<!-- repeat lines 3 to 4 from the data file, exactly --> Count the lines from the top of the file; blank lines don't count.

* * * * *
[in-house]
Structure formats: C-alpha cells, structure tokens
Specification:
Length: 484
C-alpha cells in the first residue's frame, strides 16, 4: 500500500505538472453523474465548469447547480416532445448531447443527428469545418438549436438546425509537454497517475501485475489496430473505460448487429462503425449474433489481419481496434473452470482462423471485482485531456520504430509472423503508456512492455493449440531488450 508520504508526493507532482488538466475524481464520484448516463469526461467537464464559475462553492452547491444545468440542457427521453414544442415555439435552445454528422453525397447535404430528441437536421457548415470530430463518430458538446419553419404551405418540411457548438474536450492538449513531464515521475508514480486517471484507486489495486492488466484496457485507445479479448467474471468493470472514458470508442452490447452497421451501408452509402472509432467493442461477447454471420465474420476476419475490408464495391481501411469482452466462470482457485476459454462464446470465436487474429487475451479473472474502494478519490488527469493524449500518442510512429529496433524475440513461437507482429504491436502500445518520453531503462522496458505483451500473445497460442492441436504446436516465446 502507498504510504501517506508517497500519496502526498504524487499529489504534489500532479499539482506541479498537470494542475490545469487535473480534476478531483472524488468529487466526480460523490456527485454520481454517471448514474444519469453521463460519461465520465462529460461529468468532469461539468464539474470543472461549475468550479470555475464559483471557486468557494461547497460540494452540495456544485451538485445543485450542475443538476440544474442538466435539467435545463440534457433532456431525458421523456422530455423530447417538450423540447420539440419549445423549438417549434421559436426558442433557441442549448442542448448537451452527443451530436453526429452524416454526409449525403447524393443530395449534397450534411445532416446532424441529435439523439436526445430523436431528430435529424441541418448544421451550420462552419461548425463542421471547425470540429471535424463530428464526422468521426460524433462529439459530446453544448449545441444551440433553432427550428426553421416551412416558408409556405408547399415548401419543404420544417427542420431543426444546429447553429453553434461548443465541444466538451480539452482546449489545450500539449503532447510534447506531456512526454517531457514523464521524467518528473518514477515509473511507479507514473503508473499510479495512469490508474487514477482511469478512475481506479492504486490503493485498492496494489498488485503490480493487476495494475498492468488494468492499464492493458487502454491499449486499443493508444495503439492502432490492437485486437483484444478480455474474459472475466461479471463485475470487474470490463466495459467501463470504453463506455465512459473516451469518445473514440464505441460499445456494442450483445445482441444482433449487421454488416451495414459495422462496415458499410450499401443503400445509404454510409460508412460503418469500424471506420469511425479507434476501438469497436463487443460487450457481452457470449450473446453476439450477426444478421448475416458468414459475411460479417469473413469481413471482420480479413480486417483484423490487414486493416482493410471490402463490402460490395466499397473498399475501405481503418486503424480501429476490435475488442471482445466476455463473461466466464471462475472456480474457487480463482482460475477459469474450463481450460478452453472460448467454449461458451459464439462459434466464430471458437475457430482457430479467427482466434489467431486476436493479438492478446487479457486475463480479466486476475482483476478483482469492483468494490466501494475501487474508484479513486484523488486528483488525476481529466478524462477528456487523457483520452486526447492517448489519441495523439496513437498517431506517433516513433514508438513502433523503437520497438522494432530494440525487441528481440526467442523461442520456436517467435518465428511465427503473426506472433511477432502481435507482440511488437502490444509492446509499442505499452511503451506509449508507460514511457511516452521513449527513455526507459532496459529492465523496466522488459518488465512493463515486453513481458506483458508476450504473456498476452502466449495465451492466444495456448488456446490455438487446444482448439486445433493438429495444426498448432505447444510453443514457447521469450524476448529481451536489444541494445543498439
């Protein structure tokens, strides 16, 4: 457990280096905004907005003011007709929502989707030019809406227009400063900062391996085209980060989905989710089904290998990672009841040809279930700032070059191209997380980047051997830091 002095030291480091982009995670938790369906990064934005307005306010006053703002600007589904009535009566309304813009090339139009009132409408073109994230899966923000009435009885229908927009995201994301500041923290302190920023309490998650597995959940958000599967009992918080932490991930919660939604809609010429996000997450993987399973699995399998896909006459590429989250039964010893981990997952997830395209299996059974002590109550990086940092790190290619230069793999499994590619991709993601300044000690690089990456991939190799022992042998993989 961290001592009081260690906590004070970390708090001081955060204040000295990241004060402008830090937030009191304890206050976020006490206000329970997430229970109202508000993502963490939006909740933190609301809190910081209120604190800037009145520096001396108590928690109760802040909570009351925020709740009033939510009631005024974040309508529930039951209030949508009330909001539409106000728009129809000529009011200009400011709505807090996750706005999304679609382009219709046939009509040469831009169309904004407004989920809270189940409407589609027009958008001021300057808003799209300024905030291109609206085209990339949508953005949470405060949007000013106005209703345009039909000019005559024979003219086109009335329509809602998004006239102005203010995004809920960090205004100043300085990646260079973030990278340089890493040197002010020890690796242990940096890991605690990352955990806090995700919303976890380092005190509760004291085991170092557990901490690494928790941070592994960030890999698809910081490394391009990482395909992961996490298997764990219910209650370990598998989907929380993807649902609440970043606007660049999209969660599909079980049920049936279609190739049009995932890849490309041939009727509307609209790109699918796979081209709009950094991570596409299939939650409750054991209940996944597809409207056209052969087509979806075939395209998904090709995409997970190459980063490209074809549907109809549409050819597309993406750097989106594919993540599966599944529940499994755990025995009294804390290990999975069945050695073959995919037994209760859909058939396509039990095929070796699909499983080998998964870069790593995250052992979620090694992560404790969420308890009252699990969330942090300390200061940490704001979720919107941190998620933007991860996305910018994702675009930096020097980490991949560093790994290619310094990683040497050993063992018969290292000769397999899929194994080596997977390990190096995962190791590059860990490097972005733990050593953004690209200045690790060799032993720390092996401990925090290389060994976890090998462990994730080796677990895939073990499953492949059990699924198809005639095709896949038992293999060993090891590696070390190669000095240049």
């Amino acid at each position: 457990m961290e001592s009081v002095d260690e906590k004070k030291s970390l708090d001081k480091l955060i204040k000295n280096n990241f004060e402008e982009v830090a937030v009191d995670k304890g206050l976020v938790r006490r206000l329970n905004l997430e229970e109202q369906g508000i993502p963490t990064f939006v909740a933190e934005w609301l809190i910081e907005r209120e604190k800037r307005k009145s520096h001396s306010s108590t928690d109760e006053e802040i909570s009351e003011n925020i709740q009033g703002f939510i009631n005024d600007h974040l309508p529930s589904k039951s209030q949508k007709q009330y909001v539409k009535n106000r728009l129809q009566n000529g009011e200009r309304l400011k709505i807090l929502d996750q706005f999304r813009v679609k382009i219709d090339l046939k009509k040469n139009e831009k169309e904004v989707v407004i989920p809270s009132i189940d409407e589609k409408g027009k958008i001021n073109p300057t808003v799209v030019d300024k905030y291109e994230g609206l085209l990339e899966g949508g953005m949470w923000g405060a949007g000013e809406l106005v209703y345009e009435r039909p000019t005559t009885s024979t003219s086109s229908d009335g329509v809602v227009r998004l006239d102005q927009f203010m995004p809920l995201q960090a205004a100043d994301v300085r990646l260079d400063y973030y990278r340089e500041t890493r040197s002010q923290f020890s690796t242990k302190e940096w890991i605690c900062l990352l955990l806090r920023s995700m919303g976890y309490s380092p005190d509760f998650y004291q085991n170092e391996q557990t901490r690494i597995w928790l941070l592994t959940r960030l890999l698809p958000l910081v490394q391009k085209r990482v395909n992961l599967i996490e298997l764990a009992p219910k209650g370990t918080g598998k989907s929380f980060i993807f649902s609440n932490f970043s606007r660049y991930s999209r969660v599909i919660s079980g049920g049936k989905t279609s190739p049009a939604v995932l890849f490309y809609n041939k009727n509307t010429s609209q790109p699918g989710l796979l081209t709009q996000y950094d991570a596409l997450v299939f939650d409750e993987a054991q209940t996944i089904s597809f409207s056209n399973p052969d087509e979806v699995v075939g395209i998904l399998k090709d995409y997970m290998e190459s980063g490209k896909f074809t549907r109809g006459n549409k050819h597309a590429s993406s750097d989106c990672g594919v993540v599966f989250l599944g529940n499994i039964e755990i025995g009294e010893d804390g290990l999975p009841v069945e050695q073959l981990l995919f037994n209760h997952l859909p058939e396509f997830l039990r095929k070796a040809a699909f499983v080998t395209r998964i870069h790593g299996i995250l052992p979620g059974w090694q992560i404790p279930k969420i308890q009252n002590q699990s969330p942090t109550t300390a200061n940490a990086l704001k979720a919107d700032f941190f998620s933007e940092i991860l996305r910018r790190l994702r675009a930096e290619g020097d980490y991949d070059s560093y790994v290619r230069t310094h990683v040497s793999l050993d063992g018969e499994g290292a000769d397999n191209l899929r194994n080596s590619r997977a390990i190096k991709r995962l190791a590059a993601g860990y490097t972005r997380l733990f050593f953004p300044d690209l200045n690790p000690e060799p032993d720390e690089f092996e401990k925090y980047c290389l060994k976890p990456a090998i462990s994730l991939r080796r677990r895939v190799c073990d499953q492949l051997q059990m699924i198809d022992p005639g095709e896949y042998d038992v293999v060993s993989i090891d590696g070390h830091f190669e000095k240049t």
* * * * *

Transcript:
Specification:
Length: 484